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J Natl Cancer Inst. 1993 Sep 15;85(18):1508-13.

Radiopharmaceutical therapy of 5T33 murine myeloma by sequential treatment with samarium-153 ethylenediaminetetramethylene phosphonate, melphalan, and bone marrow transplantation.

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  • 1Department of Nuclear Medicine, Fremantle Hospital, Australia.



Total-body irradiation, followed by hematopoietic system rescue by bone marrow transplantation (BMT), has been found to improve the response of patients with multiple myeloma to treatment with melphalan. The problems of nonhematopoietic toxicity from whole-body irradiation might be circumvented by using a bone-seeking radiopharmaceutical, such as samarium-153 ethylenediaminetetramethylene phosphonate (153Sm-EDTMP), to ablate the bone marrow.


A mouse model system for multiple myeloma was used to evaluate the potential therapeutic efficacy of sequential therapy with 153Sm-EDTMP, melphalan, and BMT.


Female C57BL/KaLwRij mice were inoculated with 8 x 10(5) 5T33 murine myeloma cells. Treatment protocols were begun 3 or 10 days later, when the myeloma was either confined to bone marrow or disseminated in liver, spleen, and lymph nodes, simulating human multiple myeloma. 153Sm, a potent beta particle-emitting radioisotope of short half-life (46.7 hours), was linked to the bone-seeking chelate EDTMP. Animals in the first treatment group were each given 22.5 MBq 153Sm-EDTMP via the jugular vein (day 3 or 10), followed by 18.5 mg/kg melphalan (maximum tolerated dose) given intraperitoneally 5 days later (day 8 or 15) and syngeneic BMT another 2 days later (day 10 or 17). Survival in groups of six to 10 animals for each time series was compared with that in mice left untreated (control cohort), in mice treated with 153Sm-EDTMP alone (day 3 or 10), or in mice treated with melphalan alone (day 8 or 15). The hematopoietic systems of animals in the latter two treatment groups recovered full function, obviating the necessity of BMT. The end point was onset of paraparesis, at which time the animals were immediately killed by carbon dioxide asphyxiation.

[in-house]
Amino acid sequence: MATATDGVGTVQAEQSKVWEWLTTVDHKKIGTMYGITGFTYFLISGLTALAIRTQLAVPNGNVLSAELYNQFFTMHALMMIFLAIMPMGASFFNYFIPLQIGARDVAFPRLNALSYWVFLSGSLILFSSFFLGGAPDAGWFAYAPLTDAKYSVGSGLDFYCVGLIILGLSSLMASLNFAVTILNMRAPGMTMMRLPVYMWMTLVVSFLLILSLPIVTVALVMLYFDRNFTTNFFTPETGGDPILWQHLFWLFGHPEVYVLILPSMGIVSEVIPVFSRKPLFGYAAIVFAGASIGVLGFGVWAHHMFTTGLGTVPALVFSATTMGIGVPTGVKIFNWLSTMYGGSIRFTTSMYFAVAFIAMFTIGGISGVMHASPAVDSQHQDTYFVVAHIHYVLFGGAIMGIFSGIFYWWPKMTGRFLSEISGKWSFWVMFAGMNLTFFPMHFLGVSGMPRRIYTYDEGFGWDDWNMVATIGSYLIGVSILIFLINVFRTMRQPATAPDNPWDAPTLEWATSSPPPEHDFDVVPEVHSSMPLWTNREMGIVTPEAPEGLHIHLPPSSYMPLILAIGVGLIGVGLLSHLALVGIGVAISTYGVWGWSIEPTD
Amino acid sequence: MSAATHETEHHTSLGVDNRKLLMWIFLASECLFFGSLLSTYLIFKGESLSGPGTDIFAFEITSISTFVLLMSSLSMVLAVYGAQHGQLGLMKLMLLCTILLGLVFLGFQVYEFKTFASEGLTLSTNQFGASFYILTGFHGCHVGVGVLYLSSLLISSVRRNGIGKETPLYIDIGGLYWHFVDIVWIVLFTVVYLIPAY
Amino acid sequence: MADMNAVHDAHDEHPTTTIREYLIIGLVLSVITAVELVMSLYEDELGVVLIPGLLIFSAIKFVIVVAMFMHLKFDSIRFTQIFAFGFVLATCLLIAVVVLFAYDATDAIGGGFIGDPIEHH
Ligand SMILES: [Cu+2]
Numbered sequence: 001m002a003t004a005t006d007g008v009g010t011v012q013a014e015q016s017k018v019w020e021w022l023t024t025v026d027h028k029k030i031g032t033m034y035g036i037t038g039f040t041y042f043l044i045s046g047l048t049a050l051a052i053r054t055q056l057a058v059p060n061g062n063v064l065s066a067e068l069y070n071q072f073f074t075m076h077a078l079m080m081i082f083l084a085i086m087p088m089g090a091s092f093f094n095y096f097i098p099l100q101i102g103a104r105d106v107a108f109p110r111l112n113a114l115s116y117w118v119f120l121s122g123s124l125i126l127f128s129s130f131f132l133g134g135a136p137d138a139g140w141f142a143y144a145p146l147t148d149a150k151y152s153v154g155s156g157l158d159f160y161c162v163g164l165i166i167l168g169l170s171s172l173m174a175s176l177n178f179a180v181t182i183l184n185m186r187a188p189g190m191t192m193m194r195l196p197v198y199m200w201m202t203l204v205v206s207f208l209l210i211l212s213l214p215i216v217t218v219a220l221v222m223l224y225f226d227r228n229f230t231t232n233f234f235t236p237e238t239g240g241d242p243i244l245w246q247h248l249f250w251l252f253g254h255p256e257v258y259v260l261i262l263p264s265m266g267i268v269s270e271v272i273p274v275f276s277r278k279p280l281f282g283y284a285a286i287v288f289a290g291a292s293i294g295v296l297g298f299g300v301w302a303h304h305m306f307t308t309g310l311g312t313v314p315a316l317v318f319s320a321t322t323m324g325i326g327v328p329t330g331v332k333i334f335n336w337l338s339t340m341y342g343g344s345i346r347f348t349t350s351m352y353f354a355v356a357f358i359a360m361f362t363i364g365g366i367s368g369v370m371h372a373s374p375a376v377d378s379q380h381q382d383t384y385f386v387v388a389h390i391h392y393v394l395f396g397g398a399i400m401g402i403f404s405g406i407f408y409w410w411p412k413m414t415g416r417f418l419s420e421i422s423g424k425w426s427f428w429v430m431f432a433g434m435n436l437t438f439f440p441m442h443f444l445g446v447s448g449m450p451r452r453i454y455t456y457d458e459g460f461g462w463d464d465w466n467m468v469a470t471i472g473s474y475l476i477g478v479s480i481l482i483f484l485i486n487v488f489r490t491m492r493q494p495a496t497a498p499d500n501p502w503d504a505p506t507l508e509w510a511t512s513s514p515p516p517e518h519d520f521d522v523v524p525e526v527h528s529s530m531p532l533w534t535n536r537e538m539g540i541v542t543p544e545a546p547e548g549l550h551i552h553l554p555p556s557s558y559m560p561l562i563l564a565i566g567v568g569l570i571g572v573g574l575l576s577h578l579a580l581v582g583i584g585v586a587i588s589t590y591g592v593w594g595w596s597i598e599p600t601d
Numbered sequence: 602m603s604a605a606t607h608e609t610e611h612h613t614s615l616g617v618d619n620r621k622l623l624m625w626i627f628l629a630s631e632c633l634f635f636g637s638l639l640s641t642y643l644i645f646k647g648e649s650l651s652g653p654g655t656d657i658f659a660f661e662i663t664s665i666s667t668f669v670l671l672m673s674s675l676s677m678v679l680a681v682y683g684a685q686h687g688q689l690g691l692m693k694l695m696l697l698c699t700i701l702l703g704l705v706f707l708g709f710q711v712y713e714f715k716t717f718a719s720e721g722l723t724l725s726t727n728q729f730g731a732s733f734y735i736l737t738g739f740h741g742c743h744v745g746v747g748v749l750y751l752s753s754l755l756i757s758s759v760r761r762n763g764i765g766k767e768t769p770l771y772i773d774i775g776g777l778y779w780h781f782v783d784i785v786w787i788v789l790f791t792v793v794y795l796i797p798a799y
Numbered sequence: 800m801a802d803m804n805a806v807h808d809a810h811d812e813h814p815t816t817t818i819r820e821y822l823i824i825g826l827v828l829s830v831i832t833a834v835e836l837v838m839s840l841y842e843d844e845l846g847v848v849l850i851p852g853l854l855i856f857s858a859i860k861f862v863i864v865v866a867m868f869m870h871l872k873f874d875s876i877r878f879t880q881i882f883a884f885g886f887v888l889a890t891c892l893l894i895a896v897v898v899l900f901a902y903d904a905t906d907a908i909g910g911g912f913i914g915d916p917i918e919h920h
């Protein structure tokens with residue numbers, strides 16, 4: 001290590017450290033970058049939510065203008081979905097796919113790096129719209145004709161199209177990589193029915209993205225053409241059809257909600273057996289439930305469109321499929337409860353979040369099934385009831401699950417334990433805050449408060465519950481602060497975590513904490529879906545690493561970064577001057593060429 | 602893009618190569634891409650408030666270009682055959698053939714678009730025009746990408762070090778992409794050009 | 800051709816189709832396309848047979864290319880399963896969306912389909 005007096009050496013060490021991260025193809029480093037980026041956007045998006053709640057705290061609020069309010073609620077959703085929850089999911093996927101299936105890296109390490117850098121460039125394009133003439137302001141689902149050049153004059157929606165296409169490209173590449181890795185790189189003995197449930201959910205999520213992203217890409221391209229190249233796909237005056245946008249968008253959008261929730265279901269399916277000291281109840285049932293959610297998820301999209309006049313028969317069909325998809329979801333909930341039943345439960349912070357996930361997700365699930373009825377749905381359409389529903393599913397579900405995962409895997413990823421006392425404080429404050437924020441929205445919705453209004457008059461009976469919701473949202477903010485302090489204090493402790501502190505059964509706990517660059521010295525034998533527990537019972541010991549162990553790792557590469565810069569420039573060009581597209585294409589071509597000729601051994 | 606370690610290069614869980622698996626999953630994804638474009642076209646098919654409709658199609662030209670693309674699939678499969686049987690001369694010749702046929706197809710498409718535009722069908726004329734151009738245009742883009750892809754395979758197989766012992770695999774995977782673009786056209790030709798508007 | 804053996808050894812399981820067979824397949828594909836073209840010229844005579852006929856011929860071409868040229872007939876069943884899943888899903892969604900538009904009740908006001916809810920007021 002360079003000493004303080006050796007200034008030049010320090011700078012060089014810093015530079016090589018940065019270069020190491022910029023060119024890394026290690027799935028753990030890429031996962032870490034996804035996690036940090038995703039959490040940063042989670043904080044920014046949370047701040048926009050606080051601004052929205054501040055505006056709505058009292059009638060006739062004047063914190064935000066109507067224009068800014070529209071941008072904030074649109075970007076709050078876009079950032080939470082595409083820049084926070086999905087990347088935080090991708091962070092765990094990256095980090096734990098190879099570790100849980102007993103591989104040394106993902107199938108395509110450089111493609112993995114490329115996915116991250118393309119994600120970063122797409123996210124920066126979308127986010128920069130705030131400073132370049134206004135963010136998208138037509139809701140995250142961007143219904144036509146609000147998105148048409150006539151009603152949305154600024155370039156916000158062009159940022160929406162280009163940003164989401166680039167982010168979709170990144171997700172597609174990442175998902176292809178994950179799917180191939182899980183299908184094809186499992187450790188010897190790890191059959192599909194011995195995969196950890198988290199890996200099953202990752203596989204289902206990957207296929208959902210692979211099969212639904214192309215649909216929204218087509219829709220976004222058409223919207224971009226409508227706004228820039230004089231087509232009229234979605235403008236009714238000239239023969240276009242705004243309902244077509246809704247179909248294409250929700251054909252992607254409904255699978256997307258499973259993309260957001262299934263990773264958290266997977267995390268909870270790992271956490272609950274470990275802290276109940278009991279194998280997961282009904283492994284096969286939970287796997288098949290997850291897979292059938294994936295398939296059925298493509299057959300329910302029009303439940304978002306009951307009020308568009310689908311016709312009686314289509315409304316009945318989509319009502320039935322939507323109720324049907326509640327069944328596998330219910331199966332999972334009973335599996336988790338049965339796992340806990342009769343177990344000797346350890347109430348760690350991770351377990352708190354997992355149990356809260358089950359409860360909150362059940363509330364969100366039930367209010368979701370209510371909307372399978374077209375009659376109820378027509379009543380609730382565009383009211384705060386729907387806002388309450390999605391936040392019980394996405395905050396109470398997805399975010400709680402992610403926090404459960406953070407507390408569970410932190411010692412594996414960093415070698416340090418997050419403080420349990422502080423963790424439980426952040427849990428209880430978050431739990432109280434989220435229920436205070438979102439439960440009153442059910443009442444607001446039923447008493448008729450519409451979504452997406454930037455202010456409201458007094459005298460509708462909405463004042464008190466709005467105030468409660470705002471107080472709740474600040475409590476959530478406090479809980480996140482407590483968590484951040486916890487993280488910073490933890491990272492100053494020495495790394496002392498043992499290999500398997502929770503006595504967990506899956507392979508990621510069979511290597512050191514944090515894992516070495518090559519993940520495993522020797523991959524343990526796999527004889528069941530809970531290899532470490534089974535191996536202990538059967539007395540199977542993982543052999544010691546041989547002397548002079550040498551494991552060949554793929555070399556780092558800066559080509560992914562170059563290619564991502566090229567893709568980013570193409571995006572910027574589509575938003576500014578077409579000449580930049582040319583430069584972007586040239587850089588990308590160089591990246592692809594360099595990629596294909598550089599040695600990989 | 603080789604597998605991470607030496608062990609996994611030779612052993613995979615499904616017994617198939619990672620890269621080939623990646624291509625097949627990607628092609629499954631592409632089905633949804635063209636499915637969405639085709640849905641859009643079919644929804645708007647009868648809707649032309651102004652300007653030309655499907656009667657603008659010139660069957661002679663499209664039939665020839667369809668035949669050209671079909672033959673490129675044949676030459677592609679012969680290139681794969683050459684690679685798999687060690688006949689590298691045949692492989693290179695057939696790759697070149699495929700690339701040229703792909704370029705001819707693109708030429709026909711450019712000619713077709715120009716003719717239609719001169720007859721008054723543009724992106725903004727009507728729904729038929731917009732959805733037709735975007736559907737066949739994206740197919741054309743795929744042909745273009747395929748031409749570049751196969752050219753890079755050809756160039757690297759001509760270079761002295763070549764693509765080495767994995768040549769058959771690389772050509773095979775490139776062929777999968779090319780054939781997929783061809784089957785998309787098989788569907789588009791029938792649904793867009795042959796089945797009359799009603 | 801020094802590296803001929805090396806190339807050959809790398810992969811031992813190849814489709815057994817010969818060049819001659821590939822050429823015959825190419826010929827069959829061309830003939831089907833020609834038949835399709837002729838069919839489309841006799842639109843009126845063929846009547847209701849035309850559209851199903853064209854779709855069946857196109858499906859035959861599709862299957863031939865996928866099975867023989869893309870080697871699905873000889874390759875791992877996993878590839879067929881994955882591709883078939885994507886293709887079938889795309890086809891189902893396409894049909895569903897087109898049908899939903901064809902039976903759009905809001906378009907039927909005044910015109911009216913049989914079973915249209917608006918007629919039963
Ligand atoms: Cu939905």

Median survival in untreated control animals was 23 days in those with localized disease and 24 days in those with disseminated myeloma. Treatment with 153Sm-EDTMP alone improved survival to a median of 29 days when commenced on day 3 and 30 days when begun on day 10. Melphalan treatment alone improved the median survival to 31 days for animals with localized myeloma and 34 days in animals with disseminated disease. Additional improvement in survival to a median of 42 days was achieved in animals treated 3 days after tumor inoculation with sequential 153Sm-EDTMP, melphalan, and BMT; median survival was 40 days using this regimen in animals with disseminated myeloma.


Animals in all three treatment protocols survived longer than those left untreated after inoculation with myeloma cells (P < .001). Sequential treatment with 153Sm-EDTMP, melphalan, and BMT was significantly more effective than single-agent treatment (P < .01). No evidence of radiotoxicity was detected in nonhematopoietic organs.


The survival advantage conferred by our sequential treatment protocol suggests its potential clinical usefulness in the treatment of multiple myeloma and other hematologic malignancies in humans.

[PubMed - indexed for MEDLINE]
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